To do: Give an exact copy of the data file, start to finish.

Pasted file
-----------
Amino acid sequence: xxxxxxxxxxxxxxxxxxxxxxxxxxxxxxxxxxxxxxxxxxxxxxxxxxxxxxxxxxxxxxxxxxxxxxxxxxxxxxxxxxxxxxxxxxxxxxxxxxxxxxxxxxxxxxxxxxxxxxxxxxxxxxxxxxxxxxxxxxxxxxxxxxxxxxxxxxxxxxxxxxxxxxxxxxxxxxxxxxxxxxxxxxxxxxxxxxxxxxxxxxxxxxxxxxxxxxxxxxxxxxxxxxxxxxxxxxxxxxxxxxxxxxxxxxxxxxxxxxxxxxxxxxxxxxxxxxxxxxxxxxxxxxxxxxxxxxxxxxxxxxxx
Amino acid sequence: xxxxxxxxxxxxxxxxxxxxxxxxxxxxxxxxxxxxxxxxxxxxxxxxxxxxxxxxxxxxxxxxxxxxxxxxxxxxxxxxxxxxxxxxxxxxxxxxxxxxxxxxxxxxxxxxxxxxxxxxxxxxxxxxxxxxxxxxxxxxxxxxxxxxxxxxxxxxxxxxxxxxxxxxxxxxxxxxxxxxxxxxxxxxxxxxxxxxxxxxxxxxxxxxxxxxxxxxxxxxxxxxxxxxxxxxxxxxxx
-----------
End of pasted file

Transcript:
Amino acid sequence: xxxxxxxxxxxxxxxxxxxxxxxxxxxxxxxxxxxxxxxxxxxxxxxxxxxxxxxxxxxxxxxxxxxxxxxxxxxxxxxxxxxxxxxxxxxxxxxxxxxxxxxxxxxxxxxxxxxxxxxxxxxxxxxxxxxxxxxxxxxxxxxxxxxxxxxxxxxxxxxxxxxxxxxxxxxxxxxxxxxxxxxxxxxxxxxxxxxxxxxxxxxxxxxxxxxxxxxxxxxxxxxxxxxxxxxxxxxxxxxxxxxxxxxxxxxxxxxxxxxxxxxxxxxxxxxxxxxxxxxxxxxxxxxxxxxxxxxxxxxxxxxx
Amino acid sequence: xxxxxxxxxxxxxxxxxxxxxxxxxxxxxxxxxxxxxxxxxxxxxxxxxxxxxxxxxxxxxxxxxxxxxxxxxxxxxxxxxxxxxxxxxxxxxxxxxxxxxxxxxxxxxxxxxxxxxxxxxxxxxxxxxxxxxxxxxxxxxxxxxxxxxxxxxxxxxxxxxxxxxxxxxxxxxxxxxxxxxxxxxxxxxxxxxxxxxxxxxxxxxxxxxxxxxxxxxxxxxxxxxxxxxxxxxxxxxx